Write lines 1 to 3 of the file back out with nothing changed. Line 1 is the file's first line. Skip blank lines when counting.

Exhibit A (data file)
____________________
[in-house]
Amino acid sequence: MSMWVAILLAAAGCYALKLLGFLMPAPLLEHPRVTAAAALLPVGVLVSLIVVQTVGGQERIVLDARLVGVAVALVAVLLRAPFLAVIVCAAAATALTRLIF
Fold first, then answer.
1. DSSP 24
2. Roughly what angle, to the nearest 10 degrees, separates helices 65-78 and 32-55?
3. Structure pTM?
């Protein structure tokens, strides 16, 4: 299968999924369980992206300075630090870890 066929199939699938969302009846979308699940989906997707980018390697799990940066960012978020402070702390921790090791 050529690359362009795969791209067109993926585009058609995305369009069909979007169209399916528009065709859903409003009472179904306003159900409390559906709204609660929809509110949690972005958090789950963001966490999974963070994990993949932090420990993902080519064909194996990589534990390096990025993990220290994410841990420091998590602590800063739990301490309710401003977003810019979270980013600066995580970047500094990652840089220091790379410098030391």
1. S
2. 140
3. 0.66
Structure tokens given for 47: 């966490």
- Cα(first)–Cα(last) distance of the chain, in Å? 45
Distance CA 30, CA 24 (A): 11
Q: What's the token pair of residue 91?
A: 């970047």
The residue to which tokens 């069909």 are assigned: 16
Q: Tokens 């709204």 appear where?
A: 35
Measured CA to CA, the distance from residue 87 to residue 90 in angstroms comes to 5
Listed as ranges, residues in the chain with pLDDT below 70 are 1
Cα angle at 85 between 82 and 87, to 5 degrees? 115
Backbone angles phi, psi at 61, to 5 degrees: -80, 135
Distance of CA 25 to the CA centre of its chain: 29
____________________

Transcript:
[in-house]
Amino acid sequence: MSMWVAILLAAAGCYALKLLGFLMPAPLLEHPRVTAAAALLPVGVLVSLIVVQTVGGQERIVLDARLVGVAVALVAVLLRAPFLAVIVCAAAATALTRLIF
Fold first, then answer.